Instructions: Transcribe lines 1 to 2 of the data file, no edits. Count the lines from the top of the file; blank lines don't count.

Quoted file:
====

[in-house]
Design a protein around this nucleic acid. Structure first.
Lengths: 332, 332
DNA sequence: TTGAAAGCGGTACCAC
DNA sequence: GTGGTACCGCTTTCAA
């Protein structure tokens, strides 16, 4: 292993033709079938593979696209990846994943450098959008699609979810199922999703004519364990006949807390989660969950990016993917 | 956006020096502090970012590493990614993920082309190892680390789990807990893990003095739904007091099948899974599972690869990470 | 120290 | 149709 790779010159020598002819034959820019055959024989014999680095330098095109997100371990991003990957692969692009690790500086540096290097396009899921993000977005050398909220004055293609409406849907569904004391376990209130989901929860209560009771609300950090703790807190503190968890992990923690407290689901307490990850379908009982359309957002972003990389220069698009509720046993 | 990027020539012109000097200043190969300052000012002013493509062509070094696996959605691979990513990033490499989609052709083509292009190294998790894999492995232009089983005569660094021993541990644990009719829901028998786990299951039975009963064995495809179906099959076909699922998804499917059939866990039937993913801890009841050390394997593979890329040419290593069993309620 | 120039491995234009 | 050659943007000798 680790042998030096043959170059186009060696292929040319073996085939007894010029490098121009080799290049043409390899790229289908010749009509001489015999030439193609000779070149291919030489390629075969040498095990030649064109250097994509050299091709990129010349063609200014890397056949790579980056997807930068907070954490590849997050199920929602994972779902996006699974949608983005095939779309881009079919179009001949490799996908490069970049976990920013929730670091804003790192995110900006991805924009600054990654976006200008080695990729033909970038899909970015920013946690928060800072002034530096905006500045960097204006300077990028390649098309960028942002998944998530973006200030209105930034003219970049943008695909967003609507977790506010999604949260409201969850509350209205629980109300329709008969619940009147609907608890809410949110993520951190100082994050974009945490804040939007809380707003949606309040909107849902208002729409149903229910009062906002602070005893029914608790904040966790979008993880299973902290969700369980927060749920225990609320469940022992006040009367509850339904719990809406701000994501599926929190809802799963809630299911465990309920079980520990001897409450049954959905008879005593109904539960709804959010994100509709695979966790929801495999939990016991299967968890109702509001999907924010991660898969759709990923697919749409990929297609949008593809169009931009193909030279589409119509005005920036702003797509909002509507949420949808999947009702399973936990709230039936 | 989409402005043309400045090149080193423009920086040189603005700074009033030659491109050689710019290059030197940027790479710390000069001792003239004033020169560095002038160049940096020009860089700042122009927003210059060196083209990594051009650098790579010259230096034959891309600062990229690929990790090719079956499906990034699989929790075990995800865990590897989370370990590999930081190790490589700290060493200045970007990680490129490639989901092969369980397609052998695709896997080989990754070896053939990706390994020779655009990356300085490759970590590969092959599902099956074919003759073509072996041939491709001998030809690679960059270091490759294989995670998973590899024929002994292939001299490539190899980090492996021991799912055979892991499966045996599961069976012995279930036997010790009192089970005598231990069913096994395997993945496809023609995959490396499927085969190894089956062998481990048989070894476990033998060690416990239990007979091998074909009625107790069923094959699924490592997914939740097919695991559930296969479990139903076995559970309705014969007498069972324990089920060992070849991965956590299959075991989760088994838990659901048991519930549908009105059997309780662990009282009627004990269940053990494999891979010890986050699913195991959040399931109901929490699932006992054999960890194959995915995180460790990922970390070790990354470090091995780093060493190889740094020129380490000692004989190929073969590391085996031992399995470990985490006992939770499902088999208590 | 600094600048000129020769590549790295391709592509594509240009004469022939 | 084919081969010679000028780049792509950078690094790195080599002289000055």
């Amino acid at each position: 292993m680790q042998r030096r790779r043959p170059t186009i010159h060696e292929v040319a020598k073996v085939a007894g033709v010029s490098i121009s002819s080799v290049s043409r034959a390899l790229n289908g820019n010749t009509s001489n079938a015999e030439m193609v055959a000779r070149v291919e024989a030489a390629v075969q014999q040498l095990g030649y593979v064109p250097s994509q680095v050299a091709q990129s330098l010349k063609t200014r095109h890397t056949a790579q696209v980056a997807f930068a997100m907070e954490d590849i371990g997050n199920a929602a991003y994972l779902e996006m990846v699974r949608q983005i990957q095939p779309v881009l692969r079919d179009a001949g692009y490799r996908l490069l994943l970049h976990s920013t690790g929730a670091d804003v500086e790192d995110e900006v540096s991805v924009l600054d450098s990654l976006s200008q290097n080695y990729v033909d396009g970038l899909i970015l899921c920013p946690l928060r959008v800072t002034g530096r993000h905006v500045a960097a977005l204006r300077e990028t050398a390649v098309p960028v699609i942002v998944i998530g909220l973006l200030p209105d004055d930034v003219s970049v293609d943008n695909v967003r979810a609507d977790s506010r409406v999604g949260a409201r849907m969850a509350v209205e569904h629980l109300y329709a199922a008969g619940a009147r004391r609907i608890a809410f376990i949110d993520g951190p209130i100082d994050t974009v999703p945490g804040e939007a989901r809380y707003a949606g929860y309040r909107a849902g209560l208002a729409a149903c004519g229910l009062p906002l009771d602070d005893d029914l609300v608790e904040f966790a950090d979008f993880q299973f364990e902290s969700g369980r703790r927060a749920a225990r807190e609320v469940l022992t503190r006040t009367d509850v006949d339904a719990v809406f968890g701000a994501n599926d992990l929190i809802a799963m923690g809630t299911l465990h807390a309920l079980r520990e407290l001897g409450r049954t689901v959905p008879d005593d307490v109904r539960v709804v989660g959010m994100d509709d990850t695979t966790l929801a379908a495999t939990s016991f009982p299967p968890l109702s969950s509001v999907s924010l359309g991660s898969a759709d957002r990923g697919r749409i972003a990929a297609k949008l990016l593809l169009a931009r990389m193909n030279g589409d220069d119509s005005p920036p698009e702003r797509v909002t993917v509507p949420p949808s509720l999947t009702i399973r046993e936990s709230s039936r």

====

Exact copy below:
[in-house]
Design a protein around this nucleic acid. Structure first.